Sometimes this takes a highly practical form. ‘In Rwanda, we are carrying out a project in the realm of entrepreneurship for small farmers. The teachers of the university must set up an enterprise, for example a mushroom farm or a calf facility.’ And does this result in development? ‘It won't work if there is no money, in the form of micro credit’, says Oenema.
In jargon, we are talking about institutional development: local or regional organizations that have the capacity to share knowledge and skills with the farmers. That is a problem in Africa, say the experts in Wageningen, because the national research organizations (NARs) aren't exactly flourishing in most countries. The African leaders have never invested in agricultural (practical) research and the rural areas, explains De Jager; electoral considerations caused him to focus on the towns.
But De Jager has seen a turnaround, since international organizations such as the World Bank started putting agriculture at the top of their priorities for Africa. And the increasing food prices, which affect the voters in the towns, have also caused African governments to think things over. ‘I see better support for agriculture in Uganda, Mozambique and Ghana’, says De Jager. Giller is less optimistic. ‘The African leaders say that they want to invest more in agriculture, but those are words that haven't yet been translated into action. I spend three months the year in Africa, visit farmers in their homes and its often depressing to see how little they have.’
It's particularly the local research organizations and field stations that can help the small farmers out of their position of poverty, agree De Jager and Giller. The latter refers to the book ‘The White Man's Burden’ by former World Bank employee William Easterly. In 2006, he stated that on the basis of fifty years of development aid, Western donors must let go of their great ambitions, if they want to help poor people. Trying to solve the poor people's problems on the spot and little by little has the biggest chance for success, was Easterly’s conclusion.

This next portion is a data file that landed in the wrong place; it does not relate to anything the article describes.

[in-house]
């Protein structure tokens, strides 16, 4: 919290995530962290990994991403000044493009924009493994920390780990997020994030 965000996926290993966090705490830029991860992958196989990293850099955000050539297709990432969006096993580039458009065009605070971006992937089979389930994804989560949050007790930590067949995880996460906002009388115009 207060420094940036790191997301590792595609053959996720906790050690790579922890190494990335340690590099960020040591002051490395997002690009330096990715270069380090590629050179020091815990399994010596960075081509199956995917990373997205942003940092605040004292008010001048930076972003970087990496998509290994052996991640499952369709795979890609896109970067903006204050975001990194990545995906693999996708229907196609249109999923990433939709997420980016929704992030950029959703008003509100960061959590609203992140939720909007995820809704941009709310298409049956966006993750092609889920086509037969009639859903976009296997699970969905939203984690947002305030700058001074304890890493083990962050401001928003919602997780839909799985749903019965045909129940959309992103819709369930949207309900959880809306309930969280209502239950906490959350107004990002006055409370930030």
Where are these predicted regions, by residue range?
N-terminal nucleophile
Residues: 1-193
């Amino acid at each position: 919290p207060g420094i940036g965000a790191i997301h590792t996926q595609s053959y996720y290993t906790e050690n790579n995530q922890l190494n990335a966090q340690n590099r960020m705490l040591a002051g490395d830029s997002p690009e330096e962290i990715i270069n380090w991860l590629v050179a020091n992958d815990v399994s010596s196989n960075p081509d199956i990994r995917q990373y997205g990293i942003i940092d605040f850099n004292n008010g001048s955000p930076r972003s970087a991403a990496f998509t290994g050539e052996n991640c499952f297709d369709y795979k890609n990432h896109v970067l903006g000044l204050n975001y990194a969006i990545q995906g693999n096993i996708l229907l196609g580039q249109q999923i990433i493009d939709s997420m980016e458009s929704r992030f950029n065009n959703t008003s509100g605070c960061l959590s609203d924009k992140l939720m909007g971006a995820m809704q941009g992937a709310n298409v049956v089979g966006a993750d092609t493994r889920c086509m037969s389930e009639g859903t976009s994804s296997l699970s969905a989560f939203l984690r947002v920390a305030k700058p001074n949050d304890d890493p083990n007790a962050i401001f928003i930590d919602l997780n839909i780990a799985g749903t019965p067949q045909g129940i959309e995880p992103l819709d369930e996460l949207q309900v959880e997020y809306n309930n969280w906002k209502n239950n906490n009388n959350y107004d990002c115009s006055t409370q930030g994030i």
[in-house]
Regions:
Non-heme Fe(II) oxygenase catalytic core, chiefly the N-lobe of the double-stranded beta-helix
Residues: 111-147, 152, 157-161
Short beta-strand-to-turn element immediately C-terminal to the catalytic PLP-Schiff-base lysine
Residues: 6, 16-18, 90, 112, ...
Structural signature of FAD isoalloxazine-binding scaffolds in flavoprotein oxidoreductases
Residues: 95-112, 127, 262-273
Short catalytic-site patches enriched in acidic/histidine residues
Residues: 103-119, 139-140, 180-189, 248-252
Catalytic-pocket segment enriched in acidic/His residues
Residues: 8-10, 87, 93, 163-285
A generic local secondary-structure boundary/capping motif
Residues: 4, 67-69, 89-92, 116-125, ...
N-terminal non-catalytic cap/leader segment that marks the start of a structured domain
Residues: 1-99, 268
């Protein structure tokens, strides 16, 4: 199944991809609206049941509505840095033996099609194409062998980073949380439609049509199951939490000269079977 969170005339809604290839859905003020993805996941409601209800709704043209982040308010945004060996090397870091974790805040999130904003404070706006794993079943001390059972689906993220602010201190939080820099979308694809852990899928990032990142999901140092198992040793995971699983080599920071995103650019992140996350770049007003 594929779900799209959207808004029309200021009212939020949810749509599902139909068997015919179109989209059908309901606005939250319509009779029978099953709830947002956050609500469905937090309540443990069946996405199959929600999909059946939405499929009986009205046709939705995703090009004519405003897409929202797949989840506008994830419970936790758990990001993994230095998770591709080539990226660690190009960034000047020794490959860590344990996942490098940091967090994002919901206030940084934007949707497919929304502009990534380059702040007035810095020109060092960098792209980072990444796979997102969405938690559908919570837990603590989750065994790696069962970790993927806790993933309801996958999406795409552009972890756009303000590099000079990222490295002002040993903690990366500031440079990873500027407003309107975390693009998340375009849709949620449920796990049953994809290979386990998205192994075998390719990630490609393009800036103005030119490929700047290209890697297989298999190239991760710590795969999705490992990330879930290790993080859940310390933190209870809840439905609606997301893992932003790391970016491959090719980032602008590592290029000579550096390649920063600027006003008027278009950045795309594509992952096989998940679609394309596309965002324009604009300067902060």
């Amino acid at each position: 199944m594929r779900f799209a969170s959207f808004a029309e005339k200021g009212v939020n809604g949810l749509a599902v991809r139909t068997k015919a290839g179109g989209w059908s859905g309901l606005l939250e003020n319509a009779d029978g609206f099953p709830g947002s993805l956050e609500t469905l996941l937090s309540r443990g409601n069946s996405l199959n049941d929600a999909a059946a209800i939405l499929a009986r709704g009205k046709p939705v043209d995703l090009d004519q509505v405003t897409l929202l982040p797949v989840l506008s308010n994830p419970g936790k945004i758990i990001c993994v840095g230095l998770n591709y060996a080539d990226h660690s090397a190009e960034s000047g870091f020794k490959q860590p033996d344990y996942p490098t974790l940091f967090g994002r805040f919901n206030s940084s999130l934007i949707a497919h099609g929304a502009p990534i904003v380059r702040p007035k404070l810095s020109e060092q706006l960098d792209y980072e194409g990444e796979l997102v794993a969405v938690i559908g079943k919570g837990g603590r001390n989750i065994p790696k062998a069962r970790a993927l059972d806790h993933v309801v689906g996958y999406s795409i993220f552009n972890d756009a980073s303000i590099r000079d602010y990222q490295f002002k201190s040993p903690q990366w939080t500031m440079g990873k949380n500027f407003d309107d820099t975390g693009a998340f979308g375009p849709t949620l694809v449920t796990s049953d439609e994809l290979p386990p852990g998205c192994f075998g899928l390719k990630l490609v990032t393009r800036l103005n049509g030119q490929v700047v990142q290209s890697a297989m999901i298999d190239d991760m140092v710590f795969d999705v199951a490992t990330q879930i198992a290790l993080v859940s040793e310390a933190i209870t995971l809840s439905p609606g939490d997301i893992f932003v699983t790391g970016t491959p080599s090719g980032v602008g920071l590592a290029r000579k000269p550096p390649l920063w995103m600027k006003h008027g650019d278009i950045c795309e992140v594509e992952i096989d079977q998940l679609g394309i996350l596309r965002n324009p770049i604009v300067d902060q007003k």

Kofi Annan’s green revolution
‘For Africa to again feed itself, and join the league of agriculture-exporting regions, we need an African Green Revolution’, stated Kofi Annan during the opening of academic year at Wageningen University. ‘Our Green Revolution must embrace a comprehensive program of support for Africa’s smallholder farmers. It must recognize and protect the great diversity of Africa: our environments, crops, and cropping systems.’
Annan is a herdsman of AGRA, Alliance for a Green Revolution in Africa, the organization that came about three years ago when Annan was still Secretary-General of the United Nations. AGRA has developed programs in the area of seed improvement, soil fertility, water management, supply chain research and agricultural education. Since his departure from United Nations, Annan travels around the world to link partners and cosponsors with ‘his’ initiative. He tries to convince the western fertilizer industry and seed improvers to invest, so that their products become affordable to small African farmers. But he also hints at protection. All agricultural exporters in the world protect their farmers, only the African farmer is on his own, feels Annan. By that, he also is referring to the often limited agricultural research and education in Africa.
Main financer of AGRA so far has been the Gates Foundation, which in addition to health projects in Africa is now also investing in agriculture.
The Africa experts in Wageningen believe that Annan has the authority to unite the broad collection of organizations to his initiative. They mainly hope that he will be able to convince African governments to invest in agriculture.